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---------------------------------------------------------------------- Date: Tue, 04 Feb 97 13:20:00 PST From: "Gregory, Guy J." <GGRE461 at ecy.wa.gov> Subject: Home malting, part 1 My brother-in-law grows barley, and I brew. I thought perhaps I should brew some beer from his barley, appropriately labeled, to help maintain my bird hunting rights on his land, and to provide all of us an idea of what is involved with malting. He graciously donated a 5 gallon bucket of barley for this task. It turns out that is about 45 lbs. The barley he grows generally goes for soup or other uses. I have no idea of initial protein or nitrogen content, figuring that in the old days, they didn t worry a lot about that. It is a 2-row barley, with nice plump equally sized grains similar in size to what I buy from my homebrew shop. I also have no idea of the initial moisture content, but it was in marketable and storable shape, so it must be pretty low. I weighed out 10 lbs on my bathroom scale. This I soaked in my old zapap lautertun in 65F water for about 38 hours. At that point, the grain weighed 14 lbs, for a 40% moisture weight gain. I built a screen frame out of 1 by 4 s to the interior dimensions of my oven, and covered the bottom with aluminum window screen. I placed the soaked grain in this frame and placed it on my floor in my basement (ambient temp 64F). I covered it with a towel so my geriatric cat wouldn t make an unfortunate mistake. Each day I would examine the grain, raking it with my hand, and turning it a bit. I rinsed it about every 48 hours or so by placing the frame over my brew sink and hosing off the grain with clear water. By the second day in the frame, little rootlets appeared. These things tend to bind the grains together into mats, easy enough to break up, but somewhat unexpected. The grain has a very distinctive odor, not dissimilar to wet grass, but very clean smelling. I began checking for the acrospire to grow. 5 days and 16 hours in the frames, I noticed the acrospire was done. It is a very green line on one side of an otherwise white, mealy appearing grain interior. It is thick near the base at the rootlets, but thins toward the top. Most folks say when the acrospire has grown to between 3/4 and the total length of the grain, it s ready for kilning. I tested 5 or 6 kernels, cutting the grain in half lenghtwise, and they all seemed about the same. I took the frame up to my oven. My wife was out of town, so this part was easy. I placed the frame inside the oven at 125F and left it for 30 hours. I would rake it occaisionally with my fingers, noticing how moist it felt. The smell was glorious, sort of like baking bread. I weighed it at 30 hours, or when it quit smelling really great in my house and the grain got dry to the touch, and the grain weighed 9 lbs. Accounting for loss, I should be dry, or a bit drier perhaps, then the original moisture content. Now, how to get rid of the rootlets....I put the new pale malt in my lautertun again, and began milling it between my hands. The little rootlets fall off, and out of the bottom of my lautertun, and all over the floor. Hooray, it s malt....now to grind it. I don't have a mill, as my homebrew shop grinds grain when I buy it really nicely. I decided a test mash was in order. I got 1 lb of my home malt, worked it over with a rolling pin for a while, and mashed. The rolling pin method didn't yield a really swell crush. My 1 qt water to 1 lb. mash seemed to use less grain than it does with commercial malt. I stepmashed on my stovetop in the same way as my regular beer, and sparged with 1 qt of water through a kitchen strainer for about 1.75 quarts of wort. My gravity was 1.010 for this batch. Anybody want to tell me what went wrong? Should I go for a kilning step? Is my crush that bad? Or maybe it's the variety? Will I bird hunt this fall? I appreciate your kind attention to this post. My plans are to kiln, crush better, and try again. I'll post the results. Cheers: Guy Gregory GuyG4 at aol.com Lightning Creek Home Brewing Sometimes I'm Sorry I Left Extracts Return to table of contents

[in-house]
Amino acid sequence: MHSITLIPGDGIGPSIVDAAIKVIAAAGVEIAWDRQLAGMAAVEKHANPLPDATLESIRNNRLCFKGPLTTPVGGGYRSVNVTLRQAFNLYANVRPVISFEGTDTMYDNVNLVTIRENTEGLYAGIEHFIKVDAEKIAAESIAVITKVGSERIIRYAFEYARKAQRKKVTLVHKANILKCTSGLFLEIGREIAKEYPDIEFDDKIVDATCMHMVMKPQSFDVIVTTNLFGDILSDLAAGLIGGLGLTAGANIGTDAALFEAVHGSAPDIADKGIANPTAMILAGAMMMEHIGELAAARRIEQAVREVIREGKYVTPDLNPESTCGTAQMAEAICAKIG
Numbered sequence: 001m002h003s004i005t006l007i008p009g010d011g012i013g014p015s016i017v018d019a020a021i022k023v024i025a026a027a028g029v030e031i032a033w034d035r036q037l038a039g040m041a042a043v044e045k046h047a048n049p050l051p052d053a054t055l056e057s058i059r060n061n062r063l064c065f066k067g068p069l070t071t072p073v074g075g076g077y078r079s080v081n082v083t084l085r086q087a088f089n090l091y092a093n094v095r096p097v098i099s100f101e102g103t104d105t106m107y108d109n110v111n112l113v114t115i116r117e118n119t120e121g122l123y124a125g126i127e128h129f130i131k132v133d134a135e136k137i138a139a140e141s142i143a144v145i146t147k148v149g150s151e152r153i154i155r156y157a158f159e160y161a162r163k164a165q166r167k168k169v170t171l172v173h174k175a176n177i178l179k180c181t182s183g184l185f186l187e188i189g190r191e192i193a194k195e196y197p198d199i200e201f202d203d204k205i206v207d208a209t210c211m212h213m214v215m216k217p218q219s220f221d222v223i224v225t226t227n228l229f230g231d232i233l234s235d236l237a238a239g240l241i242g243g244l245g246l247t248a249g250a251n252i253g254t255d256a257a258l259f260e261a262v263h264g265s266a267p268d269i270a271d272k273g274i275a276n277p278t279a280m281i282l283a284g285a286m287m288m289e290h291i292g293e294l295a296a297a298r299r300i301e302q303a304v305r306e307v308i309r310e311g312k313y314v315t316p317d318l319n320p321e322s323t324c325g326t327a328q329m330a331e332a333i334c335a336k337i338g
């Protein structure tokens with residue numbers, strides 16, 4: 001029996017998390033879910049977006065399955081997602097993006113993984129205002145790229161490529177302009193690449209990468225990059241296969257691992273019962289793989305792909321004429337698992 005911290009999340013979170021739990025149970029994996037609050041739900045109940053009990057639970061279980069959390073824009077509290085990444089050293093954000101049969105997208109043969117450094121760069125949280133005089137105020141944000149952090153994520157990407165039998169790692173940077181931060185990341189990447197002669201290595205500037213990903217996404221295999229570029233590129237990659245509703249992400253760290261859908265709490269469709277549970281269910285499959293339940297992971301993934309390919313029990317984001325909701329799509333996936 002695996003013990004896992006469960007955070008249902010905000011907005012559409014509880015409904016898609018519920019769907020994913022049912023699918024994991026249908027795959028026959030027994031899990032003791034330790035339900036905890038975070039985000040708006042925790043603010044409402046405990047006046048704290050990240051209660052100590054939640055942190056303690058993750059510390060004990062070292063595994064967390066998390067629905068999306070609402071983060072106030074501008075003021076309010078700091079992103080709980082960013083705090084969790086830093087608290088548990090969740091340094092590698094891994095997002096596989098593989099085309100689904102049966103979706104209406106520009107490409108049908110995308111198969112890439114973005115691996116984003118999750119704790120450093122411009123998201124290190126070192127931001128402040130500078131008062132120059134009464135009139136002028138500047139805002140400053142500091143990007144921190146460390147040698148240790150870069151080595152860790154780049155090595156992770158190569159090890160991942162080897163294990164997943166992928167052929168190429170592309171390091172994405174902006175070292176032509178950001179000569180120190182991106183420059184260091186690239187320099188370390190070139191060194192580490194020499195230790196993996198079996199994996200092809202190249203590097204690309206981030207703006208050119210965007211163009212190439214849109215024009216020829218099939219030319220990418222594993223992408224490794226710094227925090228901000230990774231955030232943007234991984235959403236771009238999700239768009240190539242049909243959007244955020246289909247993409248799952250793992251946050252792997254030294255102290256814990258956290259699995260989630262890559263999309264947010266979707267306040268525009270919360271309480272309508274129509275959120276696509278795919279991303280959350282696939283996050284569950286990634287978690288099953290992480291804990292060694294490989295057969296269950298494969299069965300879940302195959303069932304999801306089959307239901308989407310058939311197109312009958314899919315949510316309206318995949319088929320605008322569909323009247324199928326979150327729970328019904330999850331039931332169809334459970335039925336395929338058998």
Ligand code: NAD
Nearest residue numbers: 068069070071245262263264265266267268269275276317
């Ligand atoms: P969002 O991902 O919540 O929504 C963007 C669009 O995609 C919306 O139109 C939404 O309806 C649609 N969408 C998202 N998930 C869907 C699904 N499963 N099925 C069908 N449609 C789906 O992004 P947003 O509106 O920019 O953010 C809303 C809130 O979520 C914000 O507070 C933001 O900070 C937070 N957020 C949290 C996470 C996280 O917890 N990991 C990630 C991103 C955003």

Date: Tue, 4 Feb 97 16:33:27 EST From: "Michael R. Swan" <mswan at fdic.gov> Subject: Recipe for Strong Scotch Ale Since someone asked that more recipes be posted, I thought I would share one of mine for a batch I made in December. Due to lack of equipment, I generally make 2 1/2 gallon batches. Basenji Strong Scotch Ale Category : Strong Scotch Ale Method : Full Mash Starting Gravity : 1.070 Ending Gravity : 1.010 Recipe Makes : 2.8 gallons Total Grain : 7.10 lbs. Color (srm) : 45.6 Hop IBUs : 18.5 Malts/Sugars: 5.00 lb. Pale Ale 0.50 lb. Crystal 20L 2.00 oz. Roast Barley 0.50 lb. Crystal 100L 0.55 lb. Brown Sugar Hops: 0.33 oz. Kent-Goldings hop pellets 7.0% 70 min Yeast: Wyeast #1969 in one quart starter which had been stepped up twice. Remarks: I was trying to clone McEwans Scotch Ale. All grains (except roast barley) were mashed for two hours at 154 degrees. I added the 2 oz. of roasted barley at mashout. After sparge, wound up with more than 4 gallons of wort. Specific gravity: apx. 1.060 for 4 gallons. The key to the taste of this beer is the carmelization of the first runnings. I caught the first quart of clear runnings in a pyrex measuring glass and microwaved them for 15 minutes along with a half pound of brown sugar. Boiled for 100 minutes, the last 70 minutes with the hops. This is not a bitter beer but has a great caramel flavor. After the boil, I had 3.5 gallons with a SG of 1.070. This was the second time I tried Wyeast #1969 yeast. The first time, the yeast floc'd out too fast. This time, I agitated the carboy every day to get the yeast back into circulation. It seemed to work since the final gravity was lower than expected. (1.010). Primed with 1/2 cup of corn sugar. The bottles carbonated within three weeks. The beer turned out tasting very similar to McEwans. I am not much on competitions, but would consider entering this beer. Mike Swan Return to table of contents